The U.S. Pavilion: Felix Gonzales-Torres

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It turns out to be something of a disappointment. Gonzalez-Torres was just 38 when he died of AIDS-related illnesses in 1996. It’s unusual but not unprecedented for a nation to be represented at the Biennale by an artist who’s no longer living. Robert Smithson, who died in a helicopter crash in 1973, was the U.S. representative nine years later. All the same, the American artists I’ve spoken to here have been a little disappointed that the important stage of the Biennale has been denied this year to a living American.

Which is a problem I think not just for the American artists who get shut out, but for the visitors to the U.S. pavilion. Before and after his death, but especially after, Gonzalez-Torres’ work was widely circulated around the museum world. Some of his legacy, especially his projects that consisted of things to be given away to the people who saw them — posters, candies — has been influential now for years among artists looking for ways to make work that viewers take part in. But it was a brief life, a relatively small output, and it’s been seen quite a bit. There’s no sense of surprise or discovery in this show, a big part of what makes any other pavilion exciting. (Assuming, of course, that it’s exciting in any way.) Inevitably the Gonzales-Torrez show feels sealed off and commemorative.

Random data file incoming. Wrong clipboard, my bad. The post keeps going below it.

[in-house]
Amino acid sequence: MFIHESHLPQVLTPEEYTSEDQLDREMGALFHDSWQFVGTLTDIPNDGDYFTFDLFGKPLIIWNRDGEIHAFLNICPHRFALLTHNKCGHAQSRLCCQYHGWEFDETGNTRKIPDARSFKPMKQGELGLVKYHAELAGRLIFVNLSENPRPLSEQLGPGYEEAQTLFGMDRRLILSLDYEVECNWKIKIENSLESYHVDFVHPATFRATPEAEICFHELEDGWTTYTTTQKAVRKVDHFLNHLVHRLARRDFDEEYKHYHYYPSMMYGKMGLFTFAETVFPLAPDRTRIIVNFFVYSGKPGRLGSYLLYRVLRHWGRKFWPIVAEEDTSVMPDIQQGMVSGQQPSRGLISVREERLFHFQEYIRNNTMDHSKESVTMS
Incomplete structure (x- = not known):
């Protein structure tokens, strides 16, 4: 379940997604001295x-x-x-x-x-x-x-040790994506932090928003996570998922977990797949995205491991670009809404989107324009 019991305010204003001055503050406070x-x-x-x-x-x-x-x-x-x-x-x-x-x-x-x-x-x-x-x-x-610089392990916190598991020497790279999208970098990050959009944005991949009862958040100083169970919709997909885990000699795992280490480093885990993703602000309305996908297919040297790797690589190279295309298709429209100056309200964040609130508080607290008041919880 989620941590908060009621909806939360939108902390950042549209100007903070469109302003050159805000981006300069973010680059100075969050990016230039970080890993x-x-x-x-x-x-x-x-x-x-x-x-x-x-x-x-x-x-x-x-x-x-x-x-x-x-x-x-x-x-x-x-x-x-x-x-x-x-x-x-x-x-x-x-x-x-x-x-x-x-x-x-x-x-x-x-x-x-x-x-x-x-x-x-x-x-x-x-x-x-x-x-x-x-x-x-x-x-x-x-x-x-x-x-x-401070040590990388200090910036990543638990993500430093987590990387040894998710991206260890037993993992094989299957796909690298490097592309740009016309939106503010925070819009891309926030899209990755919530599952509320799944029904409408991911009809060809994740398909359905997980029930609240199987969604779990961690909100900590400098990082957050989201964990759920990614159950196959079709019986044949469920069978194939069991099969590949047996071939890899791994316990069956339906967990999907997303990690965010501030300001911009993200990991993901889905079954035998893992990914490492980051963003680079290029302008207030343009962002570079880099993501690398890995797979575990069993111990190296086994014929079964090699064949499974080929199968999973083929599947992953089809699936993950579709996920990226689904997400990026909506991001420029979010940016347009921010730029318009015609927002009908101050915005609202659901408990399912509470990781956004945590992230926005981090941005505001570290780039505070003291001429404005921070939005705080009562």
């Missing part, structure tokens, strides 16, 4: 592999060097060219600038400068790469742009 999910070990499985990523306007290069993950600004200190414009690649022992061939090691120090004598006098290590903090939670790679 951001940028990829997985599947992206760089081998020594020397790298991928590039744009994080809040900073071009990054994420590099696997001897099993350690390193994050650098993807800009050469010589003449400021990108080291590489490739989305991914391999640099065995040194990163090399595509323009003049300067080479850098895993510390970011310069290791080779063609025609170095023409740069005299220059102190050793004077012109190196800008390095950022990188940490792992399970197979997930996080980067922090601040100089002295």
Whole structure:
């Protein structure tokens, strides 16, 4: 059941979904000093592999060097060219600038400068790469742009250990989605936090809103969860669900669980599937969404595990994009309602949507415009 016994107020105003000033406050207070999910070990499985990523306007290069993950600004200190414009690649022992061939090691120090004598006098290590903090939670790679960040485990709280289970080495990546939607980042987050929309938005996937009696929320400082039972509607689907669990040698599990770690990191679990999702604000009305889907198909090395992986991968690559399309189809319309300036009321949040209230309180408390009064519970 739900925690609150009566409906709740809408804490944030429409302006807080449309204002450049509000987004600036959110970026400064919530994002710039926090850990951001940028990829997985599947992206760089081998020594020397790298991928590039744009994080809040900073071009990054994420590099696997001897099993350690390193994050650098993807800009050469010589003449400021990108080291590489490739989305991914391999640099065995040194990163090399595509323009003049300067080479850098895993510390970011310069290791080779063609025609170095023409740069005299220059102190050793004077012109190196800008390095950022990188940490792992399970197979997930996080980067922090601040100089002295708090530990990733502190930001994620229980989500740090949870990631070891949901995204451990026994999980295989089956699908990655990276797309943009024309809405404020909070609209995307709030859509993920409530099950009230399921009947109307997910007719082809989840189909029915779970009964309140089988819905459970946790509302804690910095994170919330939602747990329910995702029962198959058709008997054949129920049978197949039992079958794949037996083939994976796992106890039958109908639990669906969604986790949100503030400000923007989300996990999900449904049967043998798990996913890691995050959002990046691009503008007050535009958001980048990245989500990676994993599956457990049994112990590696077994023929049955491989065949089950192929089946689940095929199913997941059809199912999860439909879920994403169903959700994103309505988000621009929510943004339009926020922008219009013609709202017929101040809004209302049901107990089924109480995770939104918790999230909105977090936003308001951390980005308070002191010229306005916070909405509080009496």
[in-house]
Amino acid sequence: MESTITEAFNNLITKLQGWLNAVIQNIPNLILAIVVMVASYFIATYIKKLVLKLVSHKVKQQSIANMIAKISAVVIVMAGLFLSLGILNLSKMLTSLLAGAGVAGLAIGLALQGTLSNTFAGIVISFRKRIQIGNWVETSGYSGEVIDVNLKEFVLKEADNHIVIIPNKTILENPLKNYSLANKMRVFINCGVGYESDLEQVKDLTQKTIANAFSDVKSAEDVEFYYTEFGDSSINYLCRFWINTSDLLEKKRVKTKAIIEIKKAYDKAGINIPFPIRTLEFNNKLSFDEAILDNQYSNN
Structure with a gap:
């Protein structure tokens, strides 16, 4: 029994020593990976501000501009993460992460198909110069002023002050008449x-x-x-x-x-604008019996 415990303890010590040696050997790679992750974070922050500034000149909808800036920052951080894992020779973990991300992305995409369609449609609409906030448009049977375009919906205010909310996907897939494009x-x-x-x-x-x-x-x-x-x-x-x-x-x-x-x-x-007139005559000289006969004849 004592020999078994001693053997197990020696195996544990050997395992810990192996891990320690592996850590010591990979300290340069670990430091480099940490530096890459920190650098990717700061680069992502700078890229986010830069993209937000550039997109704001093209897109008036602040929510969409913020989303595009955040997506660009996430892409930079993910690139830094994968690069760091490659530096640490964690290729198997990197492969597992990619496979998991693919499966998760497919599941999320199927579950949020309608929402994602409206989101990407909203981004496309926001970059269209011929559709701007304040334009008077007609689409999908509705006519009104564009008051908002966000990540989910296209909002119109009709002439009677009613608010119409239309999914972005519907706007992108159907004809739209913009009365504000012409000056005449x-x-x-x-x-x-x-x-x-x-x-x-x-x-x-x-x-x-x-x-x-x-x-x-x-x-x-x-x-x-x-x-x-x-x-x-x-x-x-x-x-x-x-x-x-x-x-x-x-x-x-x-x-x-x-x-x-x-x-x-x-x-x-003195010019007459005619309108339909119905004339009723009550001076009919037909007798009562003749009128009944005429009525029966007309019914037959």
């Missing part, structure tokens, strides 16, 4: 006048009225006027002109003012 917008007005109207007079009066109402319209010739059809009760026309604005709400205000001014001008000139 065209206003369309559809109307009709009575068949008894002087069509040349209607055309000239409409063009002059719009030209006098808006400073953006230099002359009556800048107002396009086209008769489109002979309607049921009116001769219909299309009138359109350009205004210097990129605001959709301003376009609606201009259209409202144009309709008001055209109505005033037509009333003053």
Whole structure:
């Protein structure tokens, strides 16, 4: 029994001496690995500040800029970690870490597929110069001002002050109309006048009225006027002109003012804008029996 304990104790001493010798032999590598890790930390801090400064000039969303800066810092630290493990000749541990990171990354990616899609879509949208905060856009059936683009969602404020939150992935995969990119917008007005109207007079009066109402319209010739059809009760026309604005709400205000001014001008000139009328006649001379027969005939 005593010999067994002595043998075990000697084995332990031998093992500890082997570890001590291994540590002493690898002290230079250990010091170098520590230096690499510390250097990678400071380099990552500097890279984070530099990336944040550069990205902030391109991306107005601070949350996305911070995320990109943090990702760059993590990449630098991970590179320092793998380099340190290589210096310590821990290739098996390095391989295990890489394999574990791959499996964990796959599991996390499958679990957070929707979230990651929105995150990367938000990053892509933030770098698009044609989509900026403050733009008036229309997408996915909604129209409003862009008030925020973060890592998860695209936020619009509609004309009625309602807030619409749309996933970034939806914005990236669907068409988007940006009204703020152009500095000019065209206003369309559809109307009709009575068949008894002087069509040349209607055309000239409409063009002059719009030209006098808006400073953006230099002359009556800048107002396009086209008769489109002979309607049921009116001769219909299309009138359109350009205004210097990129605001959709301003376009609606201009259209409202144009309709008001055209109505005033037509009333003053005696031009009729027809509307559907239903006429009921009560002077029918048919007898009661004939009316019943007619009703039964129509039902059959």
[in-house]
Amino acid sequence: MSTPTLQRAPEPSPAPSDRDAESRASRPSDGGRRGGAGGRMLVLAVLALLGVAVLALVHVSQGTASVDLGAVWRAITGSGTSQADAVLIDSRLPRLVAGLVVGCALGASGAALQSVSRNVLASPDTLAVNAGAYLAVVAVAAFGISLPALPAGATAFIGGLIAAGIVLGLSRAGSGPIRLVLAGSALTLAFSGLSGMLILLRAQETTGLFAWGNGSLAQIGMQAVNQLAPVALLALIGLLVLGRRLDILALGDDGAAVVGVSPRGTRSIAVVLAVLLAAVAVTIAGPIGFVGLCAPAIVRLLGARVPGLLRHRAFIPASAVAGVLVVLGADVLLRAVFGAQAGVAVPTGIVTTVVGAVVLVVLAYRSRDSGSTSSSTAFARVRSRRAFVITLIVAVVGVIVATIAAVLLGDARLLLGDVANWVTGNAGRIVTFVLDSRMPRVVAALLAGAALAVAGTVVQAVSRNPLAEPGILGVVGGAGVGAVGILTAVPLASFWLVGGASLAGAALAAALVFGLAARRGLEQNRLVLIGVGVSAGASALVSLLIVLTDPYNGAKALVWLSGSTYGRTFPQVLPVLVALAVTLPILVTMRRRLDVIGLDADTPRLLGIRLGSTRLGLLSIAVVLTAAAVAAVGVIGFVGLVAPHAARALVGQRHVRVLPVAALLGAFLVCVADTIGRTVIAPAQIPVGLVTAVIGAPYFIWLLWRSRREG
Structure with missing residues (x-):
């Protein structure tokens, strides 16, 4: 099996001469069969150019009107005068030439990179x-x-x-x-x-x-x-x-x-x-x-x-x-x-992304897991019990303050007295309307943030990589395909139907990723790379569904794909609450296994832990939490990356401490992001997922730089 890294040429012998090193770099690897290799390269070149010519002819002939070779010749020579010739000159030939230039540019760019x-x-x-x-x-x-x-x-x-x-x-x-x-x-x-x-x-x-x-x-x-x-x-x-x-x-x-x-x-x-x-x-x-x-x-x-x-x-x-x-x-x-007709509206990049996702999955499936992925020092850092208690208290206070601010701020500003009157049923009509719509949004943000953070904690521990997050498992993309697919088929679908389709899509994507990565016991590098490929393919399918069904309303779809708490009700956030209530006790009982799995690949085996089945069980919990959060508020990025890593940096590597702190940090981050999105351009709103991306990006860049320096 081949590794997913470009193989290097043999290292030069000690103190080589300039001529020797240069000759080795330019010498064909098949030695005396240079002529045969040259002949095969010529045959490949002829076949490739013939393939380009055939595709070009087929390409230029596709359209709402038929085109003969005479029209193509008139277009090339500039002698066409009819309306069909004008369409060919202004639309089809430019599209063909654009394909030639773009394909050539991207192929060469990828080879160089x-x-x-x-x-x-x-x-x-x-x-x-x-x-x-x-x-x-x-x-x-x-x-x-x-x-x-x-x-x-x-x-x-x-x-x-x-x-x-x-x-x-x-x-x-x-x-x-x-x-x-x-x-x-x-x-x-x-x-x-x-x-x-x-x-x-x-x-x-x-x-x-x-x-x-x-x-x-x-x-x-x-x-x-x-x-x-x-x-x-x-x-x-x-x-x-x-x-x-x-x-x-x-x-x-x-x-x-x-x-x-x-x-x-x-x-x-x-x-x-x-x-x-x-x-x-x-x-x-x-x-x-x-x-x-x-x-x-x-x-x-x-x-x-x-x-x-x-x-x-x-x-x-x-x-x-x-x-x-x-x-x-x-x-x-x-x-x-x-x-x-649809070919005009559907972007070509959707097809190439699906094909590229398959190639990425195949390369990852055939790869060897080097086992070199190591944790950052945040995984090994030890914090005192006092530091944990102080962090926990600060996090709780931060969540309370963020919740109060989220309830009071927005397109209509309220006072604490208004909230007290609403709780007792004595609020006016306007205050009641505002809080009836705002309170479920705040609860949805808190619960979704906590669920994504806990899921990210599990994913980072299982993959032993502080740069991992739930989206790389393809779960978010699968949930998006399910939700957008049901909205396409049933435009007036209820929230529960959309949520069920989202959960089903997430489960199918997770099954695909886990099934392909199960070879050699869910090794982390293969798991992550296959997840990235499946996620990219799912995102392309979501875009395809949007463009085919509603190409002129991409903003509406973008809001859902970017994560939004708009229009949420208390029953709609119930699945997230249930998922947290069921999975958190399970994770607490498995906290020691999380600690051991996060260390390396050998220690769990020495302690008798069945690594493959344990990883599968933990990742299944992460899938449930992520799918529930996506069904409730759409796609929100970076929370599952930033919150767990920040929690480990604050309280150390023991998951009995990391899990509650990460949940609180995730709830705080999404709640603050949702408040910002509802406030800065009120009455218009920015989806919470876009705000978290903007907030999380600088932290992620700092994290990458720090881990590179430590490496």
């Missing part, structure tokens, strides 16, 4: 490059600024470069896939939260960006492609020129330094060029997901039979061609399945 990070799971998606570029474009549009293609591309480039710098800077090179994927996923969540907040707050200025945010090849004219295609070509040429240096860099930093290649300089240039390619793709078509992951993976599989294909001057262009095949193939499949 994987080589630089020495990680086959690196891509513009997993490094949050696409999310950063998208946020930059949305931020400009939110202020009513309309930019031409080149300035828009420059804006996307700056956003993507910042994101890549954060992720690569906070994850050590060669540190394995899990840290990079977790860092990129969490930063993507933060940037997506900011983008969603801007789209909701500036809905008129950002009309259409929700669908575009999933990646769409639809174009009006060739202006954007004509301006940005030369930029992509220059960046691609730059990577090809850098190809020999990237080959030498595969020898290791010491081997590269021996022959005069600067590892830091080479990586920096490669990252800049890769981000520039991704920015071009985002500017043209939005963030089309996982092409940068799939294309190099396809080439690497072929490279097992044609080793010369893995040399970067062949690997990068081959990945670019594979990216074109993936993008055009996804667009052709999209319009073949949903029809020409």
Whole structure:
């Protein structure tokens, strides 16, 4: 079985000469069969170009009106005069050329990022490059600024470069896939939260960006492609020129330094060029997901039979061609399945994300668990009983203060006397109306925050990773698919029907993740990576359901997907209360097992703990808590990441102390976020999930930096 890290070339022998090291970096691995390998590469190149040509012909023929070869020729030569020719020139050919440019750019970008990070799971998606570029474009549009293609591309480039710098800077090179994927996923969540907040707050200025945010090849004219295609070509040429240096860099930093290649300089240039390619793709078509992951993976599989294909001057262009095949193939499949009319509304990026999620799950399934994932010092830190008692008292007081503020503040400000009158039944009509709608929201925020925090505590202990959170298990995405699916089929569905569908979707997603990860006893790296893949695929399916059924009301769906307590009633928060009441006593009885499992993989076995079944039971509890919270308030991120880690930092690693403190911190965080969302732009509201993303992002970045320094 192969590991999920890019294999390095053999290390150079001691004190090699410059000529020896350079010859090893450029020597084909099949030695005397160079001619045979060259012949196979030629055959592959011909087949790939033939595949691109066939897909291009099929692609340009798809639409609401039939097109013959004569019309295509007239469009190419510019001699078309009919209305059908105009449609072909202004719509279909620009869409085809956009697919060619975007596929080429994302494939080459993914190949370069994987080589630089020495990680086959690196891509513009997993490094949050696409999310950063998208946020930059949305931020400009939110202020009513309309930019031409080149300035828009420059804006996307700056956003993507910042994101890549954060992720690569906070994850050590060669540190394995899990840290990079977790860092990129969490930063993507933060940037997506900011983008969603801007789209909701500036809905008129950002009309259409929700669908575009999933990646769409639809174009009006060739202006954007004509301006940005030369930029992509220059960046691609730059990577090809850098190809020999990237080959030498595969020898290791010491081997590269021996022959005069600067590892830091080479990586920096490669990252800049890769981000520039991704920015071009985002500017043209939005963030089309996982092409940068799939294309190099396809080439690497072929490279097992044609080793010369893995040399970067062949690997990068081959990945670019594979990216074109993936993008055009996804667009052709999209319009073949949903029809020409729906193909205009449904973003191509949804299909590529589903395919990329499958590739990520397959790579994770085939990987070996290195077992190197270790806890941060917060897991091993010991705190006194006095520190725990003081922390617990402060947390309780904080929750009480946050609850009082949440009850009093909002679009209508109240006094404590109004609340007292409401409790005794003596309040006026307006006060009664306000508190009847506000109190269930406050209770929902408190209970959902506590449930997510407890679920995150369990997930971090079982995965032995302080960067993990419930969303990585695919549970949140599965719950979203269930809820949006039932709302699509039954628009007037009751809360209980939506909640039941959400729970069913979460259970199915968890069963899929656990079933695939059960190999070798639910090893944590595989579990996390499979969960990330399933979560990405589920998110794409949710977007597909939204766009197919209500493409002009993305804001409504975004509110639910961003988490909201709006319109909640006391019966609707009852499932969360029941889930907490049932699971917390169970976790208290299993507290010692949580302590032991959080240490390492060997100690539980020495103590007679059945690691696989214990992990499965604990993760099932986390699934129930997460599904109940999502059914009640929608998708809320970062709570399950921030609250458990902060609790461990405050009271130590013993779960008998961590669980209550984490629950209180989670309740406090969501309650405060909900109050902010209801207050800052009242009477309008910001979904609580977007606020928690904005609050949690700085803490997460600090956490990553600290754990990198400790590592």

To bring something new to the show, the curator, Nancy Spector, who’s chief curator of the Guggenheim, has arranged to have fabricated a work that’s now located just outside the pavilion, one that Gonzalez-Torres never actually produced beyond sketches and plans. It consists of two shallow circular pools of white Carrara marble that just barely touch one another at a point on their outer perimeters. The intent is for water to flow almost imperceptibly from one pool to the other, a lovely metaphor for human intimacy, and a chilling one when you consider that it was conceived at the height of the epidemic. But on the day of my visit the flow, if it was there at all, was truly imperceptible.

And one of Felix-Gonzales’ most famous works, “Untitled” (Public Opinion)”, a field of wrapped black licorice candies that visitors are invited to take away, ends up I suspect for most people being more puzzling than poignant. Its association with the complexities of public attitudes in the era of AIDS is hard to convey to Biennale visitors who seemed to be treating it mostly as a candy giveaway. Which of course, it also is. So maybe Gonzalez-Torres would be pleased after all.